Last modified: 2011-12-09 by zoltán horváth
Keywords: puerto rico | guayama | mill tower | sugar cane | sugar mill |
Links: FOTW homepage | search | disclaimer and copyright | write us | mirrors
by Blas Delgado Ortiz, 13 December 2004
This city of 43,583 inhabitants was founded on January 29,
1736. The design in the canton of its flag is the old Torre de
Molino [Mill Tower], known as the Molino de Vives. The black
stands for the Black and African race of Puerto Rico . The yellow
represents the economic benefit gained from sugar cane in PR. The
red symbolizes the blood shed by Indian slaves in their fight
against foreign invaders.
Thanh-Tâm Le, 27 January 1999
Please note that "Franja Negra - La raza africana o negra
de Puerto Rico" , means that the top stripe is black,
not blue as it seems on pueblos-de-puertorico.com (dufunct) image
Nicolas Rucks , 31 January 2000
By comparison with the coat of arms of Antigua
& Barbuda and the explanation given for instance in
Tallocci, I understand this 'Mill Tower' is the part of an
ancient sugar mill, probably used in Guyama flag to highlighy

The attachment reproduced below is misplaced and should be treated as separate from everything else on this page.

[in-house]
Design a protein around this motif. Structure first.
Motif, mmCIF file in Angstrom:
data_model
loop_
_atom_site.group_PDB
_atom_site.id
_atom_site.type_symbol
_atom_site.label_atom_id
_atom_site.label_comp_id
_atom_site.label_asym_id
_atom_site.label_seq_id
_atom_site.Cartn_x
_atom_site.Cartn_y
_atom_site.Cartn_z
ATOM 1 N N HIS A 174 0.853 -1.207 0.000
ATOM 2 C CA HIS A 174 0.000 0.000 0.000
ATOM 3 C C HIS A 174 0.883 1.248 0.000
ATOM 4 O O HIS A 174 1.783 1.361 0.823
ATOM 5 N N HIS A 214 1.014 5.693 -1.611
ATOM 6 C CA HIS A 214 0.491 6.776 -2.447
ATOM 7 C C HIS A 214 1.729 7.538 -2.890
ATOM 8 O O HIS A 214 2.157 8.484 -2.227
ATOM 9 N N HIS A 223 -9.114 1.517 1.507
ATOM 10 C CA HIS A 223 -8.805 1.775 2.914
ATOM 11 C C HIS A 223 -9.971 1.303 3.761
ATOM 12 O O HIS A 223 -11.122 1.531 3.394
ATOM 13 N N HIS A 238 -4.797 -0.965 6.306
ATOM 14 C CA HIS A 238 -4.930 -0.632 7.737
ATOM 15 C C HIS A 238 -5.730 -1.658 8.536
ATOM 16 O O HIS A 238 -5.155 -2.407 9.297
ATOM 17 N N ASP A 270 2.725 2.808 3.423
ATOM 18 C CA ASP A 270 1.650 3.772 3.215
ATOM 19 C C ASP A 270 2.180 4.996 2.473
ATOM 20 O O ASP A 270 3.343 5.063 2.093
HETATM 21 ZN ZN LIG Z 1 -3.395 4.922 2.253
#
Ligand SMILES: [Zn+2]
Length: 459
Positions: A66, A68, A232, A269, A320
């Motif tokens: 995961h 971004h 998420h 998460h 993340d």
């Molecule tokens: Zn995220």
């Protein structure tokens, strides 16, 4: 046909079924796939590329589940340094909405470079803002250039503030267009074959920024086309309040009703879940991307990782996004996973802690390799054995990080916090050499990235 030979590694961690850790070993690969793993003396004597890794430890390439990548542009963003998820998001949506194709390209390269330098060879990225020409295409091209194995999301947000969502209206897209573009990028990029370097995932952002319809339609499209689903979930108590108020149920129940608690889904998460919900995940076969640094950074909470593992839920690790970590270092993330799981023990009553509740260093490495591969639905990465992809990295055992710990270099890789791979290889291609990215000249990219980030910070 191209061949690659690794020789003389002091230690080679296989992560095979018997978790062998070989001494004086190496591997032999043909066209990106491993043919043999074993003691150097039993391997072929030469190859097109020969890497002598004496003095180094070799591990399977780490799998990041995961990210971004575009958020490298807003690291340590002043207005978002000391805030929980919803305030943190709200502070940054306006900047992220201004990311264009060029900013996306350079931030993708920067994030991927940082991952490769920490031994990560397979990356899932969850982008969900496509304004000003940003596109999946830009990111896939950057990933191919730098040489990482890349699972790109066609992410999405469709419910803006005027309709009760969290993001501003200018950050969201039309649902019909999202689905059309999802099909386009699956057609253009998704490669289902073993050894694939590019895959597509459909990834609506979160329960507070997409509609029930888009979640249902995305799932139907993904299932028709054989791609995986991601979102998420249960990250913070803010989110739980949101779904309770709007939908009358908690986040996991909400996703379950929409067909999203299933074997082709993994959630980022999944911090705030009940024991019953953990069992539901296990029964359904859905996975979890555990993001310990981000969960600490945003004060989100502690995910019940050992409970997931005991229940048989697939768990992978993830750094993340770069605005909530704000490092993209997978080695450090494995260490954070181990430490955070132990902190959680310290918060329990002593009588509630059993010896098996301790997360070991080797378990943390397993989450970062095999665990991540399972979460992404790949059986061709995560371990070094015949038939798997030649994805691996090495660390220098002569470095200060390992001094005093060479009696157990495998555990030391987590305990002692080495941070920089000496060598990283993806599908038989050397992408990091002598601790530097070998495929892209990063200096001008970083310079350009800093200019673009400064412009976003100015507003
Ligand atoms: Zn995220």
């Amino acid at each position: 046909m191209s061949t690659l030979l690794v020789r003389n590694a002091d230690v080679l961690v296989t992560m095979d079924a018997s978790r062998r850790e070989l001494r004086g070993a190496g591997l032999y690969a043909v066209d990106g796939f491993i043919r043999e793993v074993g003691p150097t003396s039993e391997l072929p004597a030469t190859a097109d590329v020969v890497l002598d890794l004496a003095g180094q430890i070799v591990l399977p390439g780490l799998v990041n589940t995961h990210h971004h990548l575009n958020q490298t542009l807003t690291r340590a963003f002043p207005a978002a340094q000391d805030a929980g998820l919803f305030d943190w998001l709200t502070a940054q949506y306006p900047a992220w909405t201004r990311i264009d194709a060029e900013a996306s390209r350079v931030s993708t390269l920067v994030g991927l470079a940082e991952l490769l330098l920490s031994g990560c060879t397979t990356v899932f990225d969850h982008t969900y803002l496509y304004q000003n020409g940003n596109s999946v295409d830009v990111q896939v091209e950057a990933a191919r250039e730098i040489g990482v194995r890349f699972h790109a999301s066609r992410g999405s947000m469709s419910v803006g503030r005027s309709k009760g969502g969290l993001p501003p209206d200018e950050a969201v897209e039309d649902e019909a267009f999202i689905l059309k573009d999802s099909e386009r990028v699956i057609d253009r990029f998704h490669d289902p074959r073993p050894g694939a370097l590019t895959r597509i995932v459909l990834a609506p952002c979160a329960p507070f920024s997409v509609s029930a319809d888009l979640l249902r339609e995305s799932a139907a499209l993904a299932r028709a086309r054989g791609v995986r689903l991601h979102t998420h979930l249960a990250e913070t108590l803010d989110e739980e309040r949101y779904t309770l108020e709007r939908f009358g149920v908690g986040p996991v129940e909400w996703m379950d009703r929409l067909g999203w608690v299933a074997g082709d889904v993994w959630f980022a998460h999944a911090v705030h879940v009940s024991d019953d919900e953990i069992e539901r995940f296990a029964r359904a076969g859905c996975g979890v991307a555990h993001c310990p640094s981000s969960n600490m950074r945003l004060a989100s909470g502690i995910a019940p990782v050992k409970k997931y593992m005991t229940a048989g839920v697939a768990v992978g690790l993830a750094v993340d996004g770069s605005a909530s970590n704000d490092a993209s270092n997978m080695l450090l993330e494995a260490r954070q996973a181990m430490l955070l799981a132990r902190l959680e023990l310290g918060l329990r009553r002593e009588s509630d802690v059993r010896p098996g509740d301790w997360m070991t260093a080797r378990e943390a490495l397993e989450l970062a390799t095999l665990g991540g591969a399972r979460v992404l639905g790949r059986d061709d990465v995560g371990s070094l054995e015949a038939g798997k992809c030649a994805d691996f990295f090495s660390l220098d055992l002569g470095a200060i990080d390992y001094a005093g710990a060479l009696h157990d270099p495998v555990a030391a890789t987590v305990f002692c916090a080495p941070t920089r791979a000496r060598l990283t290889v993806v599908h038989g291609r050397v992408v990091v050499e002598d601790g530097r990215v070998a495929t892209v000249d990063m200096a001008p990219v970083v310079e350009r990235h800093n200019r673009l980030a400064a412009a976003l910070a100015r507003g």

sugar cane and sugar production in the area.
Ivan Sache , 31 January 2000
Guayama - The flag is arranged with three (unequal) stripes of
different color. At the left (hoist) extreme side of the upper
stripe is the old Mill Tower, which is known today as Vives Mill.
Each color means the following:
· Black stripe - Puerto Rico's Black or African race.
· Yellow stripe - the economic profit of Puerto Rico attained from the sugar cane industry.
· Red stripe - the blood shed by the Indian slaves in their fights against foreign invasions.
Blas Delgado, 14 April 2001
lexjuris site Flag
by Thanh-Tâm Le , 27 January 1999
Pueblos-de-puertorico.com site (dufunct) Flag
by Nelson L. Román, 13 December 2004
The new Coat of Arms of the city of Guayama, Puerto Rico. The
only change indeed is the five towered mural crown over the
shield, signifying the new status of "city" bestowed
recently upon the villa, on August 2004.
Blas Delgado Ortiz, 13 December 2004
Previous Coat of Arms
by Nelson L. Román, 4 July 2004